Background reading was carried out on the topic using Google Scholar and BMA search engine via free text, as well as through various books from the University of Liverpool library.  The National Institute of Clinical Excellence (NICE) website 25 was accessed for the current guidelines on the treatment of atopic dermatitis in children.  In addition, the guidelines for the use of tacrolimus ointment were read on the manufacturers website 27 as well as the package leaflet 31 issued with the ointment.  To acknowledge what patients with eczema go through, personal experiences were viewed through Patient UK 32, National Eczema Society 2, National Eczema Association 33, Medinfo 34, and people who had or still have some form of the condition were approached.  Databases such as Medline, Pubmed, and Scopus were searched for published studies on atopic dermatitis and tacrolimus ointment.  Key terms used were: dermatitis, eczema, protopic, tacrolimus, and ointment.  Searches were focused using mesh terms and relevant searches combined using Boolean operators 35. Table 6 outlines the search terms and databases used.

 see illustration 7

*cannot limit to full text

Abstracts of these studies were read. The following criteria were applied to each study.

see illustration 8

The studies identified were then cross referenced and journals were electronically searched.  The identified studies were then critically appraised to assess their reliability and validity using criteria adapted from Crombie 36 and CASP website 37.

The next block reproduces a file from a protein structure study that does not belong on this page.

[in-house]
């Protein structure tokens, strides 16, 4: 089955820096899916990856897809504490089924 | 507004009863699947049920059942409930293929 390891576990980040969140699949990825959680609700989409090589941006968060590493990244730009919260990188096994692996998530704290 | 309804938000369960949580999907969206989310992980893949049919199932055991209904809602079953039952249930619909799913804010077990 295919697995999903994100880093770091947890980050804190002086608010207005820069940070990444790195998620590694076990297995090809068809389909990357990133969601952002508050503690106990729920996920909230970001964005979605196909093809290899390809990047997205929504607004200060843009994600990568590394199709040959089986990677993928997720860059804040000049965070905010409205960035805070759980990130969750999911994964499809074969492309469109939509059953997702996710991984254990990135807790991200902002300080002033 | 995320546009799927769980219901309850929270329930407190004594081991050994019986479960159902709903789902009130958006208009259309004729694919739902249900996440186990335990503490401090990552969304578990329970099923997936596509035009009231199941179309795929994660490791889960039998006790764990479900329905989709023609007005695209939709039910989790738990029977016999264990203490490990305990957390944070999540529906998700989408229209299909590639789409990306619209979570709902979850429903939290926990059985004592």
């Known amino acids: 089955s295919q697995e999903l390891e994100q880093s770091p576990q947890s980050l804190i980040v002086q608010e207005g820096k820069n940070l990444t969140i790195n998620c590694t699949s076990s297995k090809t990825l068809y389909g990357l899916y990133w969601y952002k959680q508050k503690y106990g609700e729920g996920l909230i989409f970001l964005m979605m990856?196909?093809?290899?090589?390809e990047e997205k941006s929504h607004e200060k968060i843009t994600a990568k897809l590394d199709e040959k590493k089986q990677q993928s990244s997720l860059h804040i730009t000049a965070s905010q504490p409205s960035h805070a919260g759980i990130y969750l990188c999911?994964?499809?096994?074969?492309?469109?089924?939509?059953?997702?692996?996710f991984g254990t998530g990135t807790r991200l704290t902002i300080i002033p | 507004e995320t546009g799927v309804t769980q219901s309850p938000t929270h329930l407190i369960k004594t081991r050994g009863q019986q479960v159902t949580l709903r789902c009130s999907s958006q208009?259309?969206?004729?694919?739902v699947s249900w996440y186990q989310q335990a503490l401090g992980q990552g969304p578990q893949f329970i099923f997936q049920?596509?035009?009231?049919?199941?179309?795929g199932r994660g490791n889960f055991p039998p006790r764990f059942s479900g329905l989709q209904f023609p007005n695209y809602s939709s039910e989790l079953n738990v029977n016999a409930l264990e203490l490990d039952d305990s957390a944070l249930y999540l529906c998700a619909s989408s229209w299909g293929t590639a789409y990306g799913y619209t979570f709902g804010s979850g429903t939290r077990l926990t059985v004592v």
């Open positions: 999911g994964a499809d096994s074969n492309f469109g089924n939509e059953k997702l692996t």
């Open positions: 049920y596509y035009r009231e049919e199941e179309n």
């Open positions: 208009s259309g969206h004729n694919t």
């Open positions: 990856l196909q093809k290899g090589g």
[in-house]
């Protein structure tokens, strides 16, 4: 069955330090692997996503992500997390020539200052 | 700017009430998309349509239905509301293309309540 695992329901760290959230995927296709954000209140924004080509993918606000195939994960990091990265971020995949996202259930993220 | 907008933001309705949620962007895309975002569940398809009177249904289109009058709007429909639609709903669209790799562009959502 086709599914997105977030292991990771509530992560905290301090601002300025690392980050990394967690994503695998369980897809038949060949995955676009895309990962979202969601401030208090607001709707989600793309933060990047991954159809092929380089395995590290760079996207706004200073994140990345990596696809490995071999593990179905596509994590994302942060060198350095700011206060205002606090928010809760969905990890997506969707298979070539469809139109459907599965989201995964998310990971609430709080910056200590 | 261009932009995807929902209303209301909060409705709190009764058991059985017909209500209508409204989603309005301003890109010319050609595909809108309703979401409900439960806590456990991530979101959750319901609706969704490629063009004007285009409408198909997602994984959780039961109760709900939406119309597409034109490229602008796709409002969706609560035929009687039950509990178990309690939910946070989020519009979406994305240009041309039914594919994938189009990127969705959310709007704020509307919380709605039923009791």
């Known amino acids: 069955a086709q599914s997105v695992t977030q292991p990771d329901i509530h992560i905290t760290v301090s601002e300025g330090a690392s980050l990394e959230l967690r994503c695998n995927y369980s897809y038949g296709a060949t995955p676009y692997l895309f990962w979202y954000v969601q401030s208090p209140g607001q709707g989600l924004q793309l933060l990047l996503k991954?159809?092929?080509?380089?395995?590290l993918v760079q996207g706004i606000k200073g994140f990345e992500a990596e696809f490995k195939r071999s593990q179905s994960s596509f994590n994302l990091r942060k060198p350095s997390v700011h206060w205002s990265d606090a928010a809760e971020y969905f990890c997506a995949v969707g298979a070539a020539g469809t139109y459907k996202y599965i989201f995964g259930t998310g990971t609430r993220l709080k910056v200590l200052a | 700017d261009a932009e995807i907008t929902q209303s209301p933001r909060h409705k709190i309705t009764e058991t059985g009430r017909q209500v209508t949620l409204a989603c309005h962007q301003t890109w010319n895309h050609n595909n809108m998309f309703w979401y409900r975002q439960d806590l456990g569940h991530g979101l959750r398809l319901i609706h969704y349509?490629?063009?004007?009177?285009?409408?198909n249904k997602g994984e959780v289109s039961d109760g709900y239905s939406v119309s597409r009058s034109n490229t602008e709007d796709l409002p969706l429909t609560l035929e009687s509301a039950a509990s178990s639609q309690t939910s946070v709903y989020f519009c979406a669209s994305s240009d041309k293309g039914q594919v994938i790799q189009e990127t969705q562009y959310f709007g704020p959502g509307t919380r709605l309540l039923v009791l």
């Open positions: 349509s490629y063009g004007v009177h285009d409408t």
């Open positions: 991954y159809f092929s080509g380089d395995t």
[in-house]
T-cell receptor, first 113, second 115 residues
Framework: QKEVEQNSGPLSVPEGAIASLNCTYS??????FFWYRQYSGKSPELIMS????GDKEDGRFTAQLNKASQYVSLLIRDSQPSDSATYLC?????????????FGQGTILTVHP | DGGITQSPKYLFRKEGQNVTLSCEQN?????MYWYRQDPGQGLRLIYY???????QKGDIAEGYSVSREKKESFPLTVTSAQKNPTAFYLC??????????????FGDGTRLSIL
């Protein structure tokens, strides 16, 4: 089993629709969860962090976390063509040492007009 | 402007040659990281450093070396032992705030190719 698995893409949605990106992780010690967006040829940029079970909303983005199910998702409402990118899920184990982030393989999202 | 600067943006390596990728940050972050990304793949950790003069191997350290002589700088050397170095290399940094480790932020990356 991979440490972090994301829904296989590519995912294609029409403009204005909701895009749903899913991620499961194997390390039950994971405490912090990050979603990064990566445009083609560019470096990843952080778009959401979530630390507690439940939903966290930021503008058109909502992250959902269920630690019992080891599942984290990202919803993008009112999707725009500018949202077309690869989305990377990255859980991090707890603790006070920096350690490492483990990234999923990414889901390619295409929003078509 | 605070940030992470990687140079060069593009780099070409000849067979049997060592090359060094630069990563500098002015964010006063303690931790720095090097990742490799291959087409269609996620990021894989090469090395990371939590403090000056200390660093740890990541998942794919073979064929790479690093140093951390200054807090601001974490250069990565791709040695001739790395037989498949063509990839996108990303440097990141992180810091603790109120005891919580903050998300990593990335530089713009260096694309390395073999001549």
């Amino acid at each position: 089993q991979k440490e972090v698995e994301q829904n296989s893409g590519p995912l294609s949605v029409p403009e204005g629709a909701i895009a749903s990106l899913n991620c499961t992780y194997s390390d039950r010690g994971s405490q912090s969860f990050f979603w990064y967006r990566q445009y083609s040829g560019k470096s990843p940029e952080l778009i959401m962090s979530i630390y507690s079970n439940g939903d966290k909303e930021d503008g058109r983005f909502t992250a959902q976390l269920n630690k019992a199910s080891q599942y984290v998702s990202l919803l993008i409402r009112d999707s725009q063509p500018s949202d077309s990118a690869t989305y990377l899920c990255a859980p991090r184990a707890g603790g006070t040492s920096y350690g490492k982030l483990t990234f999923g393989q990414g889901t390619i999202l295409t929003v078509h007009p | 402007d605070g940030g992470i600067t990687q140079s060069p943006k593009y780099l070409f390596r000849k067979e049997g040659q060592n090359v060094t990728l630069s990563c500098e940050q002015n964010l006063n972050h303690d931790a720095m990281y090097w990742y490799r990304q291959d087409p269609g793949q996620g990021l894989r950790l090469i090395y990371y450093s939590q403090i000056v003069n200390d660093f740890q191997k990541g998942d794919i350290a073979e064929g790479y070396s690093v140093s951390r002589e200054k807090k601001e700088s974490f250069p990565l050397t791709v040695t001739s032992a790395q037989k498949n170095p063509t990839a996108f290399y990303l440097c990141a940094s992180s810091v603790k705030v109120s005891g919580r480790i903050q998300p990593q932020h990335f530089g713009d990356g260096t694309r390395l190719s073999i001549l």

Abstracts of the 29 potentially relevant studies were read, and studies which did not fit the inclusion criteria were excluded. Threee studies were reviewed 38, 39, 40. Through cross referencing and searching journals electronically no further relevant studies were identified. 

 see Illustration 9,10


The table below shows the results of critically appraising the studies.

See Illustrations 11,12

All studies were double-blind randomised controlled trials. Each study was ethically approved by institutional review boards at each centre and consent gained from guardians of the patients.  Studies 2 and 3 justified the sample size they used whilst study 1 did not.  Within the studies, the treatment and vehicle groups were similar at baseline, and the reasons why participants discontinued the trials were reported.  Intention-to-treat analysis was only mentioned in study 2, and is therefore unknown if studies 1 and 3 used this method of analysis or not.  The results from the studies are reliable as they agree with each other, and the outcomes are relevant to clinical practice, regarding the use of tacrolimus ointment for atopic dermatitis on children.

The studies carried out similar trials where patients were treated with tacrolimus ointment or a vehicle.

see Illustration 13,14,15

see Illustrations 16,17,18

Studies 1 and 2 used the same age group and excluded participants with >30%BSA, whereas study 3 included participant with up to 100%BSA but excluded 2-6 year olds.  Each study used the same diagnostic criteria and excluded children who had conditions that would affect the use of protopic.